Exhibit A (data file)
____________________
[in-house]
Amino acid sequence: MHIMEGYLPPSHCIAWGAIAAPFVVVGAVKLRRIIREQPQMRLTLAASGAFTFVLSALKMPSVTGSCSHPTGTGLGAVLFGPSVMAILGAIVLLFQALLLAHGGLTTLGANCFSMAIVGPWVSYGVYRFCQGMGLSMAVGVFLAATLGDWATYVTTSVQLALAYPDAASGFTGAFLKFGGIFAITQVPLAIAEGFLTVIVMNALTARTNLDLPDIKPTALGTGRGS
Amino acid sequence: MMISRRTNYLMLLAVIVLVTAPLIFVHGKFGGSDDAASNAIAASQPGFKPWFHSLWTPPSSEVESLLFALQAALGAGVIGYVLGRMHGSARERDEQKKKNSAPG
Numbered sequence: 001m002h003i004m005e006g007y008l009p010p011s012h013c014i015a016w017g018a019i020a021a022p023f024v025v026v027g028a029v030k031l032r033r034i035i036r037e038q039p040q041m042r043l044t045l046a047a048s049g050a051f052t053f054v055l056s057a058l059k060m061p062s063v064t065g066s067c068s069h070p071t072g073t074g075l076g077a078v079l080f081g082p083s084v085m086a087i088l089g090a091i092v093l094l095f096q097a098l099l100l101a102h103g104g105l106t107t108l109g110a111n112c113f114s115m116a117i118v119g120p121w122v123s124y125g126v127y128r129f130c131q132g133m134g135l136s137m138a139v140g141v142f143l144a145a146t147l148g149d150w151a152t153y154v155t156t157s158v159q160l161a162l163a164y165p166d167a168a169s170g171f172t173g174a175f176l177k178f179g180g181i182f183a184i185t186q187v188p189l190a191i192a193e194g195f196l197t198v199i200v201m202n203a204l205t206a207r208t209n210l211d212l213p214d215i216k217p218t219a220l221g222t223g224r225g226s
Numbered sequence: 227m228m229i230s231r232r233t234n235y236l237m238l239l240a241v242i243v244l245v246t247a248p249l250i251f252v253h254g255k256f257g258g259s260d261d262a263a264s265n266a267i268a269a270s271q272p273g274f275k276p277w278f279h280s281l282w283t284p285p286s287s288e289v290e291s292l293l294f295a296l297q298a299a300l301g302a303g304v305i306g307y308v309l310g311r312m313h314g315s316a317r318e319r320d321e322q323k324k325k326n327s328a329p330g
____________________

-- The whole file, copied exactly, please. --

[in-house]
Amino acid sequence: MHIMEGYLPPSHCIAWGAIAAPFVVVGAVKLRRIIREQPQMRLTLAASGAFTFVLSALKMPSVTGSCSHPTGTGLGAVLFGPSVMAILGAIVLLFQALLLAHGGLTTLGANCFSMAIVGPWVSYGVYRFCQGMGLSMAVGVFLAATLGDWATYVTTSVQLALAYPDAASGFTGAFLKFGGIFAITQVPLAIAEGFLTVIVMNALTARTNLDLPDIKPTALGTGRGS
Amino acid sequence: MMISRRTNYLMLLAVIVLVTAPLIFVHGKFGGSDDAASNAIAASQPGFKPWFHSLWTPPSSEVESLLFALQAALGAGVIGYVLGRMHGSARERDEQKKKNSAPG
Numbered sequence: 001m002h003i004m005e006g007y008l009p010p011s012h013c014i015a016w017g018a019i020a021a022p023f024v025v026v027g028a029v030k031l032r033r034i035i036r037e038q039p040q041m042r043l044t045l046a047a048s049g050a051f052t053f054v055l056s057a058l059k060m061p062s063v064t065g066s067c068s069h070p071t072g073t074g075l076g077a078v079l080f081g082p083s084v085m086a087i088l089g090a091i092v093l094l095f096q097a098l099l100l101a102h103g104g105l106t107t108l109g110a111n112c113f114s115m116a117i118v119g120p121w122v123s124y125g126v127y128r129f130c131q132g133m134g135l136s137m138a139v140g141v142f143l144a145a146t147l148g149d150w151a152t153y154v155t156t157s158v159q160l161a162l163a164y165p166d167a168a169s170g171f172t173g174a175f176l177k178f179g180g181i182f183a184i185t186q187v188p189l190a191i192a193e194g195f196l197t198v199i200v201m202n203a204l205t206a207r208t209n210l211d212l213p214d215i216k217p218t219a220l221g222t223g224r225g226s
Numbered sequence: 227m228m229i230s231r232r233t234n235y236l237m238l239l240a241v242i243v244l245v246t247a248p249l250i251f252v253h254g255k256f257g258g259s260d261d262a263a264s265n266a267i268a269a270s271q272p273g274f275k276p277w278f279h280s281l282w283t284p285p286s287s288e289v290e291s292l293l294f295a296l297q298a299a300l301g302a303g304v305i306g307y308v309l310g311r312m313h314g315s316a317r318e319r320d321e322q323k324k325k326n327s328a329p330g